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        Prshanth
        Sep 3, 2017 at 7:37 pm
        Even from my personal experience I see lot of these new returns with very low income. For ex due to tds queries on the e filling portal many senior citizens filled ITR who otherwise wouldn't be required to file the returns, for claiming refunds or just for compliance purposes. In these returns all cases resulted in refunds. Classic cases of increased returns without Inc increase of tax
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          Rahul
          Sep 3, 2017 at 9:33 am
          IE has so much negativity towards bjp and India in general. Lets take another statistic. Actual income tax collections for 2016-17 show an annual increase of 23.3 over 2015-16 actual estimates. Estimated increase in 17-18 over 16-17 is around 25 . How about this ? IE picks and chooses isolated data and applies bias to prove that everything done by bjp is wrong. IE has become disgrace to Goenka name under CPI chamchas like seema chisti.
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            Apratim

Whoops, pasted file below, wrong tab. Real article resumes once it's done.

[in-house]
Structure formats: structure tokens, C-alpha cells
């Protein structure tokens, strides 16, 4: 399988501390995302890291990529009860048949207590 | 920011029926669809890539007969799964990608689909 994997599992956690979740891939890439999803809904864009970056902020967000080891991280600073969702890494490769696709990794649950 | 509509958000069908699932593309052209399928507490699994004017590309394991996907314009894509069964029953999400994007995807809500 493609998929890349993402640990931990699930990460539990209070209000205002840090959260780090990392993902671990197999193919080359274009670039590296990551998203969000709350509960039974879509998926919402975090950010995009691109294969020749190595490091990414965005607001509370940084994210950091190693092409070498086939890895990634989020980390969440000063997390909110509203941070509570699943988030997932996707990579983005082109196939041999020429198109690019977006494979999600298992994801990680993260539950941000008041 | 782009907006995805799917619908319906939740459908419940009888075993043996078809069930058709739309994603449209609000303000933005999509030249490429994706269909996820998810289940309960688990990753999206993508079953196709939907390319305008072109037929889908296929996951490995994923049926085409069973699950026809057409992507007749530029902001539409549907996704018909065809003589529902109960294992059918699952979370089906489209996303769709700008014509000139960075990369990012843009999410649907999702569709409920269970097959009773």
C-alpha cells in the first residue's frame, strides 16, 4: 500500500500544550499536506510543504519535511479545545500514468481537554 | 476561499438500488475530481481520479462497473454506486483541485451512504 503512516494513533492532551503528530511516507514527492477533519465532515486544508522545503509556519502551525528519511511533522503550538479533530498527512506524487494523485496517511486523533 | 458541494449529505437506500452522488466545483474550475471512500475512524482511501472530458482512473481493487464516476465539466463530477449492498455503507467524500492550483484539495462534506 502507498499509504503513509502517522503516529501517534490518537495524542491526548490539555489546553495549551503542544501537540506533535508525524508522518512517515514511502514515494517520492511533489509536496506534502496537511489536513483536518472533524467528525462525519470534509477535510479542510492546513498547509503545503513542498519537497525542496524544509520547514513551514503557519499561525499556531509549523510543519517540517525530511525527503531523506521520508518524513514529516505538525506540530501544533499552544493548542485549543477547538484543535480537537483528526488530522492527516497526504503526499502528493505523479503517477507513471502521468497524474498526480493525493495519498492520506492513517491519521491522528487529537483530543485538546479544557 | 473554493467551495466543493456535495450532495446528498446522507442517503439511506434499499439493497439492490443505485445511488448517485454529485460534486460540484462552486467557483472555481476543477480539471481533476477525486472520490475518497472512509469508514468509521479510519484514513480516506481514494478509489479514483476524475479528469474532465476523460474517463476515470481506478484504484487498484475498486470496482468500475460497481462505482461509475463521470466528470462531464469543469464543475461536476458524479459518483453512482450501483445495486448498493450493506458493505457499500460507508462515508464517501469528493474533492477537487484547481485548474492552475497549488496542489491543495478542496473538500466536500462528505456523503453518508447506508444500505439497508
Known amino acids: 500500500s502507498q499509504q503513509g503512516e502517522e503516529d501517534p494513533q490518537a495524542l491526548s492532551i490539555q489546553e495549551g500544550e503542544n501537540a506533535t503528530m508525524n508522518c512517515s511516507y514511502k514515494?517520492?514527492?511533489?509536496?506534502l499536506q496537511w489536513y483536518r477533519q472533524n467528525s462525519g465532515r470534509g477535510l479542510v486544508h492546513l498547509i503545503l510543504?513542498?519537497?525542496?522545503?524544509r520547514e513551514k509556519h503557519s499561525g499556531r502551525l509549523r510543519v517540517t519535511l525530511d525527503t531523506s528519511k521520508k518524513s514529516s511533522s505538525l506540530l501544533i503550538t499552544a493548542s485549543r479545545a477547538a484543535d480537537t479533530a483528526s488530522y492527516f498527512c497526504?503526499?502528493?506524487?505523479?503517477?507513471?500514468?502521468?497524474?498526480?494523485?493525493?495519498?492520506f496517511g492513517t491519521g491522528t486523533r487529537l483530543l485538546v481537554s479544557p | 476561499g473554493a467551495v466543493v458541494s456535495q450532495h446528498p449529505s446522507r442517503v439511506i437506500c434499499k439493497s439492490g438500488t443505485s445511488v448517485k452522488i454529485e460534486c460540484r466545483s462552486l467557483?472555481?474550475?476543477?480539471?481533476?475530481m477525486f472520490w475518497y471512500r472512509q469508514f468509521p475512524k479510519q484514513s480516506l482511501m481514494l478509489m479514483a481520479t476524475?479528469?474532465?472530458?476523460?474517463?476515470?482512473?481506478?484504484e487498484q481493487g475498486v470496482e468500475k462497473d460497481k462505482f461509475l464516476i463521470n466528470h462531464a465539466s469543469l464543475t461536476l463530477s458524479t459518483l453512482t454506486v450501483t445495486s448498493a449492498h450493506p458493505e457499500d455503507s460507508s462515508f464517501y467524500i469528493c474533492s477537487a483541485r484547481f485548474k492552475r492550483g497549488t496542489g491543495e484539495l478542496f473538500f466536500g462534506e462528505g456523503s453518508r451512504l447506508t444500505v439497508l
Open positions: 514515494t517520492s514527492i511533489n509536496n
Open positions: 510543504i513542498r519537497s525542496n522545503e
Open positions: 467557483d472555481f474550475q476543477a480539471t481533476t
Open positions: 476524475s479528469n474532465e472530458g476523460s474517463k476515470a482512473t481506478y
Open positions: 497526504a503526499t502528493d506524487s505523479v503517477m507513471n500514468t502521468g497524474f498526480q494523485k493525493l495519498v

Sep 3, 2017 at 10:02 am
            Isn't your comment showing as well that this advertised 25 percent was no big deal? I do not see any negativity towards India in IE, except for those for whom India means the cheats of RSS and BJP. It is only that this newspaper points out their lies. Of course, in BJP chamcha definition that is anti-national.
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            1. Ashish Gupta
              Sep 4, 2017 at 12:31 pm
              I didnt study the article in complete detail. Buts its stupif if it doesnt say how much increase of tax revenue is expected. Its stupidly saying almost no increase in collections will take place inspite of tax payers havibg grown by 25 . I stand correcfed if my assumption that this info has not been given is wrong.
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              montu Sharma
              Sep 3, 2017 at 10:57 am
              If showing honest reports and data is negative reports then I'm happy unlike bhakts and rss supporters who like ostrich have put there head in sand
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                Pramod
                Sep 3, 2017 at 1:32 pm
                Rahul there are two flaws in your argument- 1. you have mentioned percentages but not actual numbers in crores of rupees or the source of your information, 2. How can there be actual estimates, there can be actual data or estimates.
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              2. H
                Hedonist
                Sep 3, 2017 at 8:54 am
                Big things have small beginnings.